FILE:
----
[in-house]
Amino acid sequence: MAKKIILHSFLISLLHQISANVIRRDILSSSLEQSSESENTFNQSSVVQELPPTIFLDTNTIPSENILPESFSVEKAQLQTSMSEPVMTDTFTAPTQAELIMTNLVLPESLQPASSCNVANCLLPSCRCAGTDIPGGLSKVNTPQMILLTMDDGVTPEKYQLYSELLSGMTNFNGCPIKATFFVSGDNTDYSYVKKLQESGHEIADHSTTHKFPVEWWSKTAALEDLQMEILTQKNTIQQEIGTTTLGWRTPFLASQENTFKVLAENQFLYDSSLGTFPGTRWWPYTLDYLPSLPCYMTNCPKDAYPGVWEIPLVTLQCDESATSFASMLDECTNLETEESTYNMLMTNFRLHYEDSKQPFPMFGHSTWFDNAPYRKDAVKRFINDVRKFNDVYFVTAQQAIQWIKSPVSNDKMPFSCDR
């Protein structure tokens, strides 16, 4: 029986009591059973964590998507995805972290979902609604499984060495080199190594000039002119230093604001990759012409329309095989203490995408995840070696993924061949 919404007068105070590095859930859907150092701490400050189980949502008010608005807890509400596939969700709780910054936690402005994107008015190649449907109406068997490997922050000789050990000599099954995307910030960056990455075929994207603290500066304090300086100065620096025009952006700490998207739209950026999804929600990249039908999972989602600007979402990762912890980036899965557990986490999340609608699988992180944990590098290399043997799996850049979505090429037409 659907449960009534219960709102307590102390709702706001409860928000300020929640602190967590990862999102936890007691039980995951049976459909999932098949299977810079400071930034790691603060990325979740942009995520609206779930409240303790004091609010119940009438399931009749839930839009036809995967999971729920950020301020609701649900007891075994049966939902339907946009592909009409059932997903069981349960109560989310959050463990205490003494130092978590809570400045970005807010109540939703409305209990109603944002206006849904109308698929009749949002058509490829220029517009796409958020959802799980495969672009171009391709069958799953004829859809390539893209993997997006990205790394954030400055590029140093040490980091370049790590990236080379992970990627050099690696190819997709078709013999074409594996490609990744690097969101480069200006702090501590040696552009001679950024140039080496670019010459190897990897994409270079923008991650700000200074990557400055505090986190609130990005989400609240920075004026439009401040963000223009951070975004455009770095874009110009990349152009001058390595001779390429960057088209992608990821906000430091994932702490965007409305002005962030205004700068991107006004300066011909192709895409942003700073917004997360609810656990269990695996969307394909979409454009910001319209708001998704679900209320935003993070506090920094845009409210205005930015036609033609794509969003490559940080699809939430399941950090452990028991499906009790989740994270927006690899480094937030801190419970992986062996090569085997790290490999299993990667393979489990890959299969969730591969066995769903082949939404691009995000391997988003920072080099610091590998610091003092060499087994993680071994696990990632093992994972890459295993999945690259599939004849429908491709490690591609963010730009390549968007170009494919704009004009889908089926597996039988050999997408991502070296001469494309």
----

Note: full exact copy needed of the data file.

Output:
[in-house]
Amino acid sequence: MAKKIILHSFLISLLHQISANVIRRDILSSSLEQSSESENTFNQSSVVQELPPTIFLDTNTIPSENILPESFSVEKAQLQTSMSEPVMTDTFTAPTQAELIMTNLVLPESLQPASSCNVANCLLPSCRCAGTDIPGGLSKVNTPQMILLTMDDGVTPEKYQLYSELLSGMTNFNGCPIKATFFVSGDNTDYSYVKKLQESGHEIADHSTTHKFPVEWWSKTAALEDLQMEILTQKNTIQQEIGTTTLGWRTPFLASQENTFKVLAENQFLYDSSLGTFPGTRWWPYTLDYLPSLPCYMTNCPKDAYPGVWEIPLVTLQCDESATSFASMLDECTNLETEESTYNMLMTNFRLHYEDSKQPFPMFGHSTWFDNAPYRKDAVKRFINDVRKFNDVYFVTAQQAIQWIKSPVSNDKMPFSCDR
């Protein structure tokens, strides 16, 4: 029986009591059973964590998507995805972290979902609604499984060495080199190594000039002119230093604001990759012409329309095989203490995408995840070696993924061949 919404007068105070590095859930859907150092701490400050189980949502008010608005807890509400596939969700709780910054936690402005994107008015190649449907109406068997490997922050000789050990000599099954995307910030960056990455075929994207603290500066304090300086100065620096025009952006700490998207739209950026999804929600990249039908999972989602600007979402990762912890980036899965557990986490999340609608699988992180944990590098290399043997799996850049979505090429037409 659907449960009534219960709102307590102390709702706001409860928000300020929640602190967590990862999102936890007691039980995951049976459909999932098949299977810079400071930034790691603060990325979740942009995520609206779930409240303790004091609010119940009438399931009749839930839009036809995967999971729920950020301020609701649900007891075994049966939902339907946009592909009409059932997903069981349960109560989310959050463990205490003494130092978590809570400045970005807010109540939703409305209990109603944002206006849904109308698929009749949002058509490829220029517009796409958020959802799980495969672009171009391709069958799953004829859809390539893209993997997006990205790394954030400055590029140093040490980091370049790590990236080379992970990627050099690696190819997709078709013999074409594996490609990744690097969101480069200006702090501590040696552009001679950024140039080496670019010459190897990897994409270079923008991650700000200074990557400055505090986190609130990005989400609240920075004026439009401040963000223009951070975004455009770095874009110009990349152009001058390595001779390429960057088209992608990821906000430091994932702490965007409305002005962030205004700068991107006004300066011909192709895409942003700073917004997360609810656990269990695996969307394909979409454009910001319209708001998704679900209320935003993070506090920094845009409210205005930015036609033609794509969003490559940080699809939430399941950090452990028991499906009790989740994270927006690899480094937030801190419970992986062996090569085997790290490999299993990667393979489990890959299969969730591969066995769903082949939404691009995000391997988003920072080099610091590998610091003092060499087994993680071994696990990632093992994972890459295993999945690259599939004849429908491709490690591609963010730009390549968007170009494919704009004009889908089926597996039988050999997408991502070296001469494309």